Everything at MCF was absolutely fantastic. But the thing that really blew us away was the smoked beef brisket, cooked to an unbelievable tenderness in smoked cola BBQ sauce (below). The flavor of the tangy sauce punched us both in the face, which didn't stop us from using the slices of white bread that came with the messy dish to sop up as much of it as possible. By the end, the flavor was almost too powerful...that wouldn't stop either of us from ordering it again the next time we stop in.



Finally, I enjoyed a little ramekin of the savory egg custard with sea urchin and country ham (below). My initial bite was overwhelmingly greasy, but underneath the oil was a luscious velvety custard filled with delicious bits. 



After we had stuffed ourselves silly with all that goodness, Danny stopped by our table to chat. He doesn't just churn out delicious food - he's also one of the nicest people we've ever had the pleasure of meeting. I am definitely going to come here next time (and maybe every time) I'm in San Francisco, and I urge anyone in the area to do the same.

Mission Chinese Food on Urbanspoon


Mapo Tofu

*Post by Angela.

You may remember when I discovered my love for Sichuan peppercorns. Unfortunately, I have not found my Great Wall replacement in L.A. The situation got so dire – I had to do something. So I decided to try my hand at making it myself. It was a little bit of a pain getting all the ingredients (the spicy bean paste, fermented black bean paste, and Sichuan peppercorns had to be acquired from an Asian grocery store). But it was fantastic, although Mark really doesn’t like the mouth-numbing feeling and therefore, didn’t agree. I followed this recipe from Rasa Malaysia, which is normally my first stop when I want to cook an Asian dish for the first time.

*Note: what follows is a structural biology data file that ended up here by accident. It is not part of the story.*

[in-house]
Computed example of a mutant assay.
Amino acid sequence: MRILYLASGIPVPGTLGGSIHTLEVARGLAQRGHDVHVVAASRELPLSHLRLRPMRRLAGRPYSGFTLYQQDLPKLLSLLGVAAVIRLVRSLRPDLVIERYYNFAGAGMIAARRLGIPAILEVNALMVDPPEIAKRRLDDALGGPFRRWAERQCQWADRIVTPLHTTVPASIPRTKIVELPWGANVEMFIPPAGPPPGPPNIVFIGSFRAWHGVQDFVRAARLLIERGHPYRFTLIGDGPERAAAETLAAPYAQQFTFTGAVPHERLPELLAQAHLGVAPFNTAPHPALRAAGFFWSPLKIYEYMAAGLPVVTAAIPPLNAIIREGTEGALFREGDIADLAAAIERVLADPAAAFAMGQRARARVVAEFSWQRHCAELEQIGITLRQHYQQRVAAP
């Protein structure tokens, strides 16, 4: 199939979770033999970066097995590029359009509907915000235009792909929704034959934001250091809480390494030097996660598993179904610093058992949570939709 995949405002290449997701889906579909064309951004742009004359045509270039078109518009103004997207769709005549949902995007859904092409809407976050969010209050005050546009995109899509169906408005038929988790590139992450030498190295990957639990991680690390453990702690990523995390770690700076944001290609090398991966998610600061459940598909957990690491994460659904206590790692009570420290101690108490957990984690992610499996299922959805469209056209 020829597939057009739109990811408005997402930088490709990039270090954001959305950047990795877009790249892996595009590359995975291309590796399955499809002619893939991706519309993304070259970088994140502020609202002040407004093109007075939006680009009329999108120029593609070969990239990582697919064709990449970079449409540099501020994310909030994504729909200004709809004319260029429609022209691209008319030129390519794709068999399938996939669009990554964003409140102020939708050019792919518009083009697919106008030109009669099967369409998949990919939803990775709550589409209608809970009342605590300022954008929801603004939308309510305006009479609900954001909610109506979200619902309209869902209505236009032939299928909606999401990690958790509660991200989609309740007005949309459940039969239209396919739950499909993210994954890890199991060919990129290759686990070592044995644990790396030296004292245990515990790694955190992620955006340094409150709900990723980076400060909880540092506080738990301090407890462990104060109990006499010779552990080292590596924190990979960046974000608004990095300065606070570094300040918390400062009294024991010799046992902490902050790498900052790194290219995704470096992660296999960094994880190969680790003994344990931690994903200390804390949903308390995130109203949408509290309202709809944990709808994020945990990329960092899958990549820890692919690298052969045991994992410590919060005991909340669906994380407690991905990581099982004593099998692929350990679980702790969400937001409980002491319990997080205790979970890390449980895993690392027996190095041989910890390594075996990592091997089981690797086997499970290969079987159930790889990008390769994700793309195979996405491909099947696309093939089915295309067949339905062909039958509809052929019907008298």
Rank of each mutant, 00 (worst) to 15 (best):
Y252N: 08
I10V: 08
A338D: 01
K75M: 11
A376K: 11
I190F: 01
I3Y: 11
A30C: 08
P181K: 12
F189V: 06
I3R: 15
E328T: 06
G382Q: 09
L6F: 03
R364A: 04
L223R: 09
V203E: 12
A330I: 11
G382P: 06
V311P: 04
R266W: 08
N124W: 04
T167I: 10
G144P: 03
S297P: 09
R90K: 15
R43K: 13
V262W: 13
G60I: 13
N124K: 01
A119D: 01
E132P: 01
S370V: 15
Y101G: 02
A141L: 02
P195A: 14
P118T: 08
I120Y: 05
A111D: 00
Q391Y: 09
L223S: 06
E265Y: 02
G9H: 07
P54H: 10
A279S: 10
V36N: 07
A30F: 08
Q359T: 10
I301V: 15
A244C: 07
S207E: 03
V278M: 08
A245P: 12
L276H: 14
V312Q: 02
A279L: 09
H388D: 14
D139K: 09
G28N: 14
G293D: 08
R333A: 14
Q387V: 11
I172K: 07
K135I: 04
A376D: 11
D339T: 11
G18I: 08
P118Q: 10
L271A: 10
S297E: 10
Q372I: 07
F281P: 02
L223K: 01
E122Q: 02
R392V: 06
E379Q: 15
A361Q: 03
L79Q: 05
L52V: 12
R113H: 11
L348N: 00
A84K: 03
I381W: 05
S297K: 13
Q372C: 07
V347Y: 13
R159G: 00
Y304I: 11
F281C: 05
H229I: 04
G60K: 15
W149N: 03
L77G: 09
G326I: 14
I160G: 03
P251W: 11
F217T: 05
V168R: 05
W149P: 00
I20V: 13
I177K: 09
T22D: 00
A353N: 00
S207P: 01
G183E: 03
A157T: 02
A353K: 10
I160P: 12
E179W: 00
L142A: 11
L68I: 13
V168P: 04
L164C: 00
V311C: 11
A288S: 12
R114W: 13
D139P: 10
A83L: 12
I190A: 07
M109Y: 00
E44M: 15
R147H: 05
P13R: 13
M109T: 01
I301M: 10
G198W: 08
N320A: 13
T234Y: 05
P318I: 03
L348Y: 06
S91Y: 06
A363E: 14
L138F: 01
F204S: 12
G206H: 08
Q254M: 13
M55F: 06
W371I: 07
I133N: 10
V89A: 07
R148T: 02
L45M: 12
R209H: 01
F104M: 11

I decided to make my own chili oil (well, not so much decided as forgot to buy it). I used Japones peppers, which are very, very hot, although you could use any hot dried chili pepper. Or, you could, you know, buy it.

List of ingredients for the chili oil:
  • 20-24 dried Japones chili peppers
  • 1 cup peanut oil

First, I chopped up the chili peppers, and learning from prior experience, was careful not to get the oils from the peppers on my hands. I left the seeds in for extra heat, but you could also discard them for a slightly milder oil. I placed them in the bottom of a glass jar.



I heated the oil in a small saucepan over high heat until it started to smoke slightly. I turned the heat to medium, cooked an additional 30 seconds, then removed it from heat and let it cool about 3 minutes. Then I poured the oil over the peppers and let it sit about an hour. I strained out the chil peppers and seeds and set the oil aside.



I also prepared the star of the show, the Sichuan peppercorns. You can often find Sichuan peppercorn powder in Chinese groceries, which is the easier way to do it. Or you could toast whole Sichuan peppercorns in a pan, then grind them into a fine powder.



Now that I had my chili oil and Sichuan peppercorn powder, I was ready to start the dish.

List of ingredients for the mapo tofu:

  • 4 tbsp peanut oil
  • 6 tbsp chili oil
  • 4 large cloves garlic, finely chopped
  • ½ lb. ground pork (or for a vegetarian version, textured vegetable protein would be perfect, or you could sub in 1 cup of your choice of vegetable, like chopped bell pepper, green beans, mushrooms, etc.)
  • 6 tbsp spicy bean paste
  • 4 tbsp chili powder
  • 2 tbsp light soy sauce
  • 2 tsp fermented black bean paste
  • 2 14 oz. containers of silken/soft tofu, drained and cubed
  • 1 cup chicken or vegetable broth
  • 1 tbsp Sichuan peppercorn powder
  • 2 stalks scallions, cut into 1” pieces